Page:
Processes in the foreground job of a controlling terminal have
unrestricted access to that terminal; background processes do not. This
section describes in more detail what happens when a process in a
background job tries to access its controlling terminal.
When a process in a background job tries to read from its controlling
terminal, the process group is usually sent a SIGTTIN signal.
This normally causes all of the processes in that group to stop (unless
they handle the signal and don't stop themselves). However, if the
reading process is ignoring or blocking this signal, then read
fails with an EIO error instead.
Similarly, when a process in a background job tries to write to its
controlling terminal, the default behavior is to send a SIGTTOU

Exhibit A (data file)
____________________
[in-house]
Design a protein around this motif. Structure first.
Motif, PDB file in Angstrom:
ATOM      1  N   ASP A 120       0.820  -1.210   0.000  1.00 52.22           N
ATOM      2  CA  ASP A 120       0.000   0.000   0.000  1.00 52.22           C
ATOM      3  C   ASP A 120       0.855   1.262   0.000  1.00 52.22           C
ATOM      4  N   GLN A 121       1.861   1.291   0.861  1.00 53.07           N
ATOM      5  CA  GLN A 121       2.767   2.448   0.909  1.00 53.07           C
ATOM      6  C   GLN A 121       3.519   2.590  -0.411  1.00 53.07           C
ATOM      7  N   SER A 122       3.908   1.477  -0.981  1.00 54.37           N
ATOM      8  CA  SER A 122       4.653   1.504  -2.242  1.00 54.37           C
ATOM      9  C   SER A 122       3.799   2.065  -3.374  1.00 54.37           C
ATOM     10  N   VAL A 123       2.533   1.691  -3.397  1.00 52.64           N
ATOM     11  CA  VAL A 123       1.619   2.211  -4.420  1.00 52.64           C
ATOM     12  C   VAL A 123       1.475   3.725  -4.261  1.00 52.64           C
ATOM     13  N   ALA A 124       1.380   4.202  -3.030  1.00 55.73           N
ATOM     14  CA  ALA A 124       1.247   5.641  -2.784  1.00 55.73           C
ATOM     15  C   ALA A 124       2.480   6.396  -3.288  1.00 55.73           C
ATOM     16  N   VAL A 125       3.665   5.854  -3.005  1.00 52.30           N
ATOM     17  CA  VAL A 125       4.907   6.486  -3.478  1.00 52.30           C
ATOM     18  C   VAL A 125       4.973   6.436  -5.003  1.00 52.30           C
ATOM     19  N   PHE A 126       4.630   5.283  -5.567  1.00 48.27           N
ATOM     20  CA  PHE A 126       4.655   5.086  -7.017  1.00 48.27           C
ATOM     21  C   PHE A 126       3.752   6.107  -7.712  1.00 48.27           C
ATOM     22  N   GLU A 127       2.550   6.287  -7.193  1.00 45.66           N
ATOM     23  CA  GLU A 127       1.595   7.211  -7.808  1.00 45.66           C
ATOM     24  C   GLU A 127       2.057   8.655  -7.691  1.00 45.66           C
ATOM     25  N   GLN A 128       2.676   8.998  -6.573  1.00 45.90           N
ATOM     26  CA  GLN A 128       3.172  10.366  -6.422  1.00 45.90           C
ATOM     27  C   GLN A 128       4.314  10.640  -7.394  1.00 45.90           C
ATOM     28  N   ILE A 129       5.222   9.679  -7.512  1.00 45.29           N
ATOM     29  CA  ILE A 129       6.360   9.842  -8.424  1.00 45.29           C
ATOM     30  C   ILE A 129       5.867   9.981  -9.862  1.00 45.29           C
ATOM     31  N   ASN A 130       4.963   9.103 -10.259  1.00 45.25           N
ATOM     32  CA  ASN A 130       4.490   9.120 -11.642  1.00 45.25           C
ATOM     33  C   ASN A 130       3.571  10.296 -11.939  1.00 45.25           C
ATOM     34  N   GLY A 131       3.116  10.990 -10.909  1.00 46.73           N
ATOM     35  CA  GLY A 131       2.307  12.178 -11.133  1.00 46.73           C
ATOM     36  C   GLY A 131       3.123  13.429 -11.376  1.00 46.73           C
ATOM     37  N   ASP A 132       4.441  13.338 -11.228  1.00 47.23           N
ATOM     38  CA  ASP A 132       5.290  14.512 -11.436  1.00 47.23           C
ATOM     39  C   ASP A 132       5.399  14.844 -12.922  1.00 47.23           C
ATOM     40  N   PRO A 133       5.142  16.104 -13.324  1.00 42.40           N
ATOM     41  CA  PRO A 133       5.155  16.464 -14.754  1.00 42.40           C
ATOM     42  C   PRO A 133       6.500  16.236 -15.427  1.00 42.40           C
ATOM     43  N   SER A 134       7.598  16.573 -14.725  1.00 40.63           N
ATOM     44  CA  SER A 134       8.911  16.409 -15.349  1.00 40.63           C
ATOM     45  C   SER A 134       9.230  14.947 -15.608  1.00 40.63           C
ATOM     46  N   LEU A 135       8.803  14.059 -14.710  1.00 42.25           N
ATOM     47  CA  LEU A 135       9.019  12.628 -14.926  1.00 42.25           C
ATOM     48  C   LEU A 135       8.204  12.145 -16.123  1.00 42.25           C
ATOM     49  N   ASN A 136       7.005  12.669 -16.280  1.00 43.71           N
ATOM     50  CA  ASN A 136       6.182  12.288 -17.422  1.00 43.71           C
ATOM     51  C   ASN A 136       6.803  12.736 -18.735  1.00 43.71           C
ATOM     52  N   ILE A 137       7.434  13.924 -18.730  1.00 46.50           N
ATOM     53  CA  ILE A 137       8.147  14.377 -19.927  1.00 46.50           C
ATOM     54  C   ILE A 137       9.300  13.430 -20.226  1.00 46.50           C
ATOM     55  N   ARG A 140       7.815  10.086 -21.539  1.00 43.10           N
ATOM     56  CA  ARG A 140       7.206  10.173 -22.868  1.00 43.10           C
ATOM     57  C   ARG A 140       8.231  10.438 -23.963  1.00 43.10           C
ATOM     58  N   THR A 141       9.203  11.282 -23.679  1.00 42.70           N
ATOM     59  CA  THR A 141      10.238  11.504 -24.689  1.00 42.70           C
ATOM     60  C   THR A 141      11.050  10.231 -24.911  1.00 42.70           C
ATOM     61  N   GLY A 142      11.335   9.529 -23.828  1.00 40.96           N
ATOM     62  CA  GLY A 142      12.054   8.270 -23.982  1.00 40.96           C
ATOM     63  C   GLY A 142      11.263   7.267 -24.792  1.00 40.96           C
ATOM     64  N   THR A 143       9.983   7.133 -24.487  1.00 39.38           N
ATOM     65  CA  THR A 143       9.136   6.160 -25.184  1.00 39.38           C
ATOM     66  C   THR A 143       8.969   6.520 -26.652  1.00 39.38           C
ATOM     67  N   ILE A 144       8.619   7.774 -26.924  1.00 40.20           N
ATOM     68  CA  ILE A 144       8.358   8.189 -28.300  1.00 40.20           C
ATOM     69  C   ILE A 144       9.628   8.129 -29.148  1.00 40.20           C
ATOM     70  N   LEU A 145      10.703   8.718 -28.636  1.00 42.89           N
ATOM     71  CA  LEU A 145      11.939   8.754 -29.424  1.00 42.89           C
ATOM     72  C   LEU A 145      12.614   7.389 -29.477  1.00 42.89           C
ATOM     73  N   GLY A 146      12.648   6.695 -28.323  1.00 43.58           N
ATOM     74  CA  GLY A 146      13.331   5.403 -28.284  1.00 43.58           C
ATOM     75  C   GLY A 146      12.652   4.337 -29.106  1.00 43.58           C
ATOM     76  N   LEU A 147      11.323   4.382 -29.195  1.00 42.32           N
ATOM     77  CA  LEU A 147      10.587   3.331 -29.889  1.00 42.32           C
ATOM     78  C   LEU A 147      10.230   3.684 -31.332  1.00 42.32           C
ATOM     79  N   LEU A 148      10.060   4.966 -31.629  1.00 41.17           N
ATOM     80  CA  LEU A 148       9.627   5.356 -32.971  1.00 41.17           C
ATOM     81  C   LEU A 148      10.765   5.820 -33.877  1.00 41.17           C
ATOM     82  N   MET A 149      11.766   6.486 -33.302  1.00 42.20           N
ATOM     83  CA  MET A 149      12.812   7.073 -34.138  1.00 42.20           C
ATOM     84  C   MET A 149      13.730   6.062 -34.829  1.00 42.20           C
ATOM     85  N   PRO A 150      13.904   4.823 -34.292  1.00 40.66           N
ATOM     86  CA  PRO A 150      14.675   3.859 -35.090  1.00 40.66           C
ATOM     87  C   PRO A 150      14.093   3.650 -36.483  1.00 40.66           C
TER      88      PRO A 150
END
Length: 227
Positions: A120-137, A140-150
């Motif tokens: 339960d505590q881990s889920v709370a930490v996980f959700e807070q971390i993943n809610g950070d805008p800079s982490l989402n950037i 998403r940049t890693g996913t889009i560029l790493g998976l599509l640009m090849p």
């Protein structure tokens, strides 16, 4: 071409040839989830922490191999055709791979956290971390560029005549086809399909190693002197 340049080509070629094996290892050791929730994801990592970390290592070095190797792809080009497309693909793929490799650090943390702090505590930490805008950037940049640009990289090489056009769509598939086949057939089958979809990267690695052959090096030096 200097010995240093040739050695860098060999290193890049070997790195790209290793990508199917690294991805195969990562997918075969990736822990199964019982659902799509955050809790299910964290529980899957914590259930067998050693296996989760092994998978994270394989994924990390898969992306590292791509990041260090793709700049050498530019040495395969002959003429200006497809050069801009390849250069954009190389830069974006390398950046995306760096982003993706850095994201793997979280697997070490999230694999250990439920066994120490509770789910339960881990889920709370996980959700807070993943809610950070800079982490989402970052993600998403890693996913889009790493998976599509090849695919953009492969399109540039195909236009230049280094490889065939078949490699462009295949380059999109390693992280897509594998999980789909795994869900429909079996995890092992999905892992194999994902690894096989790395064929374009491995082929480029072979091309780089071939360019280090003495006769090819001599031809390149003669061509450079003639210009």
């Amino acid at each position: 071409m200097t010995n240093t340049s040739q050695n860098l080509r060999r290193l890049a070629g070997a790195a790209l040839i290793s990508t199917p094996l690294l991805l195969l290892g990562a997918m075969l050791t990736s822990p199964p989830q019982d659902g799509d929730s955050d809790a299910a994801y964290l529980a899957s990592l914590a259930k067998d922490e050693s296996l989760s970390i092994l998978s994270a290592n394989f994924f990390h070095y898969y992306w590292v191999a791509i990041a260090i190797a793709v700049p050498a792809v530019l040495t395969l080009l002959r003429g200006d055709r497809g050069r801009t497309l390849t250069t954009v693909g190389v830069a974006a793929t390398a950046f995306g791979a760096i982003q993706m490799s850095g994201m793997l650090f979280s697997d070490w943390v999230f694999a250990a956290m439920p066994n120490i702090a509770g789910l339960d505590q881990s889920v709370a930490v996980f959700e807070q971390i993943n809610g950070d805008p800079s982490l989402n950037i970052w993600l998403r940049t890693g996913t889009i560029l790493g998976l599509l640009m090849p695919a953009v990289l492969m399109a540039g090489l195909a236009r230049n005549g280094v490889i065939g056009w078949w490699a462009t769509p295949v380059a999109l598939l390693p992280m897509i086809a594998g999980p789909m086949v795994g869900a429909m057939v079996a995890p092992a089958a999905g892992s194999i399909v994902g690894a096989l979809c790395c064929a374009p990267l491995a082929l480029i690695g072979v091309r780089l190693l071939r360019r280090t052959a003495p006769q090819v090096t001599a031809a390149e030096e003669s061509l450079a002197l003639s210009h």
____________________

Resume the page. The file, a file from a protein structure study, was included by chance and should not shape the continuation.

signal to the process group. However, the behavior is modified by the
TOSTOP bit of the local modes flags (see Local Modes). If
this bit is not set (which is the default), then writing to the
controlling terminal is always permitted without sending a signal.
Writing is also permitted if the SIGTTOU signal is being ignored
or blocked by the writing process.
Most other terminal operations that a program can do are treated as
reading or as writing. (The description of each operation should say
For more information about the primitive read and write
functions, see I/O Primitives.
Published under the terms of the GNU General Public License